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DFI CS65 SC i815 Motherboard Review

DFI CS65 SC i815 Motherboard Review - PCSTATS
Abstract: The Intel i815 chipset can be considered as the true successor of the renowned Intel 440BX chipset. Starting from the 810, Intel has shifted its position from the standard north/south bridge design in favour of what they like to call Accelerated Hub Architecture, or AHA for short. Under this particular design, there are 3 individual hubs: the Graphics and Memory Controller Hub (GMCH), the I/O Controller Hub (ICH) and the Firmware Hub (FWH). The GMCH and the ICH are connected through an internal bus, which offers a bandwidth of 266MB/sec (twice as fast as the PCI).
 90% Rating:   
Filed under: Motherboards Published:  Author: 
External Mfg. Website: DFI Jan 03 2001   P. Masrani  
Home > Reviews > Motherboards > DFI CS65 SC

Gaming Performance

By taking a look at the Quake III performance chart we can see that the tested board also offers top notch gaming performance. All in all we can conclude that the CS65 SC is definitely a very fast board, mainly due to the good design of the chipset.

Integrated Graphics Performance

As we previously mentioned, the i815 has an integrated graphics accelerator based on the Intel i752 graphics controller. Essentially, the i752 is a newer revision of the older i740 accelerator. In the case of the i815 chipset, the integrated accelerator is based on a unified memory architecture (UMA), meaning that it shares the system's main memory with the graphics subsystem. Of course memory bandwidth is also shared which definitely decreases both system & 3D performance.

Business Performance degradation when using the integrated accelerator instead of a standard accelerator is quite small at low resolutions on low end processors (like our reference Celeron 566mhz). But if we use a faster processor (a PIII 700 or better), then the 2D acceleration weakness of the integrated accelerator becomes more obvious. Nevertheless the integrated 2D is more than enough for casual business applications.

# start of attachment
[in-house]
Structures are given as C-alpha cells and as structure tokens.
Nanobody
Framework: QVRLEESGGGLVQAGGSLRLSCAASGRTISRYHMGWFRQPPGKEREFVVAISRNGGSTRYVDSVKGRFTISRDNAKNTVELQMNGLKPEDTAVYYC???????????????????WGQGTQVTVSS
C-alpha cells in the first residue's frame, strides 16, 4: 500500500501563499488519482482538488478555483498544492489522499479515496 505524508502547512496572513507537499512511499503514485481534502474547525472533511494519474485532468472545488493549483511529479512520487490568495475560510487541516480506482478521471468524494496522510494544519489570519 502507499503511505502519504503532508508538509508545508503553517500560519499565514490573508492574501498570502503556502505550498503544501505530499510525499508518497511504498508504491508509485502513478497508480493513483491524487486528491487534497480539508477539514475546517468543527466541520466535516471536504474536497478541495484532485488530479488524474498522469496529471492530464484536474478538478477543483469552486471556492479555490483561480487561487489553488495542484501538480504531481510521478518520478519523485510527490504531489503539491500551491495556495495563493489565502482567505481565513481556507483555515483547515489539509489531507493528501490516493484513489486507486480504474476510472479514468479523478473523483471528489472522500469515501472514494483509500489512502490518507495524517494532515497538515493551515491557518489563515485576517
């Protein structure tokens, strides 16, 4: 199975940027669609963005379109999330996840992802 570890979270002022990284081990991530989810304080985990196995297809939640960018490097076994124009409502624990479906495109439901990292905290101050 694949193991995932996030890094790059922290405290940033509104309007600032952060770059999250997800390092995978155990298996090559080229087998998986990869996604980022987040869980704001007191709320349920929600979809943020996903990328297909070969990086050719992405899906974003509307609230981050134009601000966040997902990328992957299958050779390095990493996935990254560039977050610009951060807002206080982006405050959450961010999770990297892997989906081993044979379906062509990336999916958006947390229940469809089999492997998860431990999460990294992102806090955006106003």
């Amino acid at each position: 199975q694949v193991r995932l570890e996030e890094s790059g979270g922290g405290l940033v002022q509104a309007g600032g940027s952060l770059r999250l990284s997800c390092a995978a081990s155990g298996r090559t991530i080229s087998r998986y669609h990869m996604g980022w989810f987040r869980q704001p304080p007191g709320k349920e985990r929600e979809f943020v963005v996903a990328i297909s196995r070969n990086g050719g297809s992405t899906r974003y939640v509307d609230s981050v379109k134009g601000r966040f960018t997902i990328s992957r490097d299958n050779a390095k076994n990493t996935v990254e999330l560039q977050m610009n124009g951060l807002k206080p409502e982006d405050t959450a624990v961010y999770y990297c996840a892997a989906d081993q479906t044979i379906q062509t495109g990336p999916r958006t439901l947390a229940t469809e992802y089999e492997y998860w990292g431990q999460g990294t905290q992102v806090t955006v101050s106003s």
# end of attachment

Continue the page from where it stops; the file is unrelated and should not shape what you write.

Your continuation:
As for the 3D performance, the following chart clearly indicates that even a low end processor is held back by the i752. For this test we were able to get Soyo 7VMA scores with a 100MHz memory bus without any stability problems. Both DFI and Soyo scores are in the following chart without sound. We have to note that the Soyo SY 7VMA is equipped with the VIA PM 133 chipset, which has a much better integrated accelerator based on Savage4 3D engine and Savage 2000 2D core.

A faster processor cannot help the i752 even at very low resolutions because it has a very poor triangle setup throughput (it doesn't scale well with faster processors, and since it doesn't support texture compression, low system memory bandwidth is a another big bottleneck). On the other hand the PM 133 with it's Savage4 integrated engine is by far a more well rounded integrated solution (supports much higher triangle setup, texture compression etc), specially with faster processors.

The CS65 SC offers adequate 2D acceleration but rather poor 3D performance. It is a viable solution only for people working with business applications. Any serious gamer knows that he/she has to pay for a real video card to get some good frame rates. Of course you can go back to playing Quake I or other older games...without any glitches.

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Contents of Article: DFI CS65 SC
 Pg 1.  DFI CS65 SC i815 Motherboard Review
 Pg 2.  Installation and Testing
 Pg 3.  — Gaming Performance
 Pg 4.  Sound Quality

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   01 / 29 / 2020 | 5:36AM
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